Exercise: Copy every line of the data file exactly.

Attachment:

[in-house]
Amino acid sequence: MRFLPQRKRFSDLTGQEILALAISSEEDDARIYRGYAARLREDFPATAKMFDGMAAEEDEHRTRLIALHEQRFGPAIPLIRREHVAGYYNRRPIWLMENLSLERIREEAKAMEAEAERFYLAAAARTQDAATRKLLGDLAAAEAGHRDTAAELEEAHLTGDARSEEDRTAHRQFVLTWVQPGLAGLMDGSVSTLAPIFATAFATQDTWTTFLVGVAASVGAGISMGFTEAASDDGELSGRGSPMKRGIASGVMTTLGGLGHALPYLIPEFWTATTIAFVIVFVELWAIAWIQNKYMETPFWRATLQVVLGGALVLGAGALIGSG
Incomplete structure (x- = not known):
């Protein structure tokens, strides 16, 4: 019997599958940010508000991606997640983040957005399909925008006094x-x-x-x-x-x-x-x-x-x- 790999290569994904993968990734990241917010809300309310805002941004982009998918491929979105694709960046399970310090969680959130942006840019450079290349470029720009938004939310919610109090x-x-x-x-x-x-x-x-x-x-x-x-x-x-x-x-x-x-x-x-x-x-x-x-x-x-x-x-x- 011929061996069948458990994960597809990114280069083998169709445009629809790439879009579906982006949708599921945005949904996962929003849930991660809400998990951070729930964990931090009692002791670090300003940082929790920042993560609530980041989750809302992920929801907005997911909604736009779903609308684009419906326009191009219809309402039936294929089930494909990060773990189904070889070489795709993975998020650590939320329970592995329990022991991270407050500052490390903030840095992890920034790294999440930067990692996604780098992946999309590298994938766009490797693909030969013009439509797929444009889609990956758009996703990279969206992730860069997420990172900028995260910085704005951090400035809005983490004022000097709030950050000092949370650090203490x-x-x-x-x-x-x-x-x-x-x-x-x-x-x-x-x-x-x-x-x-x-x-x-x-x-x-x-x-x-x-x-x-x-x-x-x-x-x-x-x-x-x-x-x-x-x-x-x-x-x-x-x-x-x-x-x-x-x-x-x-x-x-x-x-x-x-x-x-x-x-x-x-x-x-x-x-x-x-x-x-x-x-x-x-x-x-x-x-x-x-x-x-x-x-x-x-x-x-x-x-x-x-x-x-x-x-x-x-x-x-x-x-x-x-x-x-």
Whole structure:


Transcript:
[in-house]
Amino acid sequence: MRFLPQRKRFSDLTGQEILALAISSEEDDARIYRGYAARLREDFPATAKMFDGMAAEEDEHRTRLIALHEQRFGPAIPLIRREHVAGYYNRRPIWLMENLSLERIREEAKAMEAEAERFYLAAAARTQDAATRKLLGDLAAAEAGHRDTAAELEEAHLTGDARSEEDRTAHRQFVLTWVQPGLAGLMDGSVSTLAPIFATAFATQDTWTTFLVGVAASVGAGISMGFTEAASDDGELSGRGSPMKRGIASGVMTTLGGLGHALPYLIPEFWTATTIAFVIVFVELWAIAWIQNKYMETPFWRATLQVVLGGALVLGAGALIGSG
Incomplete structure (x- = not known):
């Protein structure tokens, strides 16, 4: 019997599958940010508000991606997640983040957005399909925008006094x-x-x-x-x-x-x-x-x-x- 790999290569994904993968990734990241917010809300309310805002941004982009998918491929979105694709960046399970310090969680959130942006840019450079290349470029720009938004939310919610109090x-x-x-x-x-x-x-x-x-x-x-x-x-x-x-x-x-x-x-x-x-x-x-x-x-x-x-x-x- 011929061996069948458990994960597809990114280069083998169709445009629809790439879009579906982006949708599921945005949904996962929003849930991660809400998990951070729930964990931090009692002791670090300003940082929790920042993560609530980041989750809302992920929801907005997911909604736009779903609308684009419906326009191009219809309402039936294929089930494909990060773990189904070889070489795709993975998020650590939320329970592995329990022991991270407050500052490390903030840095992890920034790294999440930067990692996604780098992946999309590298994938766009490797693909030969013009439509797929444009889609990956758009996703990279969206992730860069997420990172900028995260910085704005951090400035809005983490004022000097709030950050000092949370650090203490x-x-x-x-x-x-x-x-x-x-x-x-x-x-x-x-x-x-x-x-x-x-x-x-x-x-x-x-x-x-x-x-x-x-x-x-x-x-x-x-x-x-x-x-x-x-x-x-x-x-x-x-x-x-x-x-x-x-x-x-x-x-x-x-x-x-x-x-x-x-x-x-x-x-x-x-x-x-x-x-x-x-x-x-x-x-x-x-x-x-x-x-x-x-x-x-x-x-x-x-x-x-x-x-x-x-x-x-x-x-x-x-x-x-x-x-x-």
Whole structure: